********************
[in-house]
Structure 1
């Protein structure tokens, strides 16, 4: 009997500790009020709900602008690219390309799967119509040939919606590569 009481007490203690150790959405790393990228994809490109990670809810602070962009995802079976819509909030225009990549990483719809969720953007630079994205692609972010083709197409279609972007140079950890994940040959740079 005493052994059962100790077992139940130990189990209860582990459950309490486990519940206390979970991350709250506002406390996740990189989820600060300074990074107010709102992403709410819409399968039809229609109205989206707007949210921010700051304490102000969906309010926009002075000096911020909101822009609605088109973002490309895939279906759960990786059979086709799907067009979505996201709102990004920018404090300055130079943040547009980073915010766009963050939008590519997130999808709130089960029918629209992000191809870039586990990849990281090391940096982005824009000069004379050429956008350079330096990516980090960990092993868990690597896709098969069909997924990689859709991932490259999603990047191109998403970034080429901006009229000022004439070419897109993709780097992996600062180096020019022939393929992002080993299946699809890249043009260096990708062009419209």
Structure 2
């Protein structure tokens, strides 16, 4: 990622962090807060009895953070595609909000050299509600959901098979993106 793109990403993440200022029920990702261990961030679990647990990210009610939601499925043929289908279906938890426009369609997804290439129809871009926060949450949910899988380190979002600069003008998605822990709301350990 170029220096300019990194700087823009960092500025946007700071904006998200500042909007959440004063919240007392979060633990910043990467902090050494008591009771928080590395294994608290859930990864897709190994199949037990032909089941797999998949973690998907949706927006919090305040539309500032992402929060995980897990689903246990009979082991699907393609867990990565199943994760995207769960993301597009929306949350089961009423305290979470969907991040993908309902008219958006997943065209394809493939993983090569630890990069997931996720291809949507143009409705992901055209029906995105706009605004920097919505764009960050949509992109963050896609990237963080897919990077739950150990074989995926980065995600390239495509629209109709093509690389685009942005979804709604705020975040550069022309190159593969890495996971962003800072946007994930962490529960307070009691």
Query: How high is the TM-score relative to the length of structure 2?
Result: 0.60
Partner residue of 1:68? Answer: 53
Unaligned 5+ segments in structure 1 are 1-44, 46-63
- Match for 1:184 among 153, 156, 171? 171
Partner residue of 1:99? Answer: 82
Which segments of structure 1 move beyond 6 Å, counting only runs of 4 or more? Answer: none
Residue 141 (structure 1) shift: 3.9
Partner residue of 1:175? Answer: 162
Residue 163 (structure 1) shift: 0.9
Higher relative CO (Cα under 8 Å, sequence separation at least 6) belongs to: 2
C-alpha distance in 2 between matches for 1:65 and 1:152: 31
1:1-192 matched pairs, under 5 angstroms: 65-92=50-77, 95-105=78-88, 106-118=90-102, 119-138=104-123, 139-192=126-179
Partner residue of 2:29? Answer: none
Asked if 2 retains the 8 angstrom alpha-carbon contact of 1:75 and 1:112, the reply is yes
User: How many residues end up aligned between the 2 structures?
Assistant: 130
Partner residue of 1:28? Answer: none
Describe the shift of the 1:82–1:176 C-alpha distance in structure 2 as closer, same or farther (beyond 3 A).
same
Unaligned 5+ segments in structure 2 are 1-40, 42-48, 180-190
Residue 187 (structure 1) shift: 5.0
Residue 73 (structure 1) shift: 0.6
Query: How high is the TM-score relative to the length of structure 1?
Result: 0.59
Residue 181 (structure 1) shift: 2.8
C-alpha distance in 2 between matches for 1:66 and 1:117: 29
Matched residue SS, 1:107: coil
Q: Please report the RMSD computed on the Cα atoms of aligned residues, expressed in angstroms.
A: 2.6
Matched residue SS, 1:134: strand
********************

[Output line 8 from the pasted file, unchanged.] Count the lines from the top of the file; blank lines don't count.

Partner residue of 1:68? Answer: 53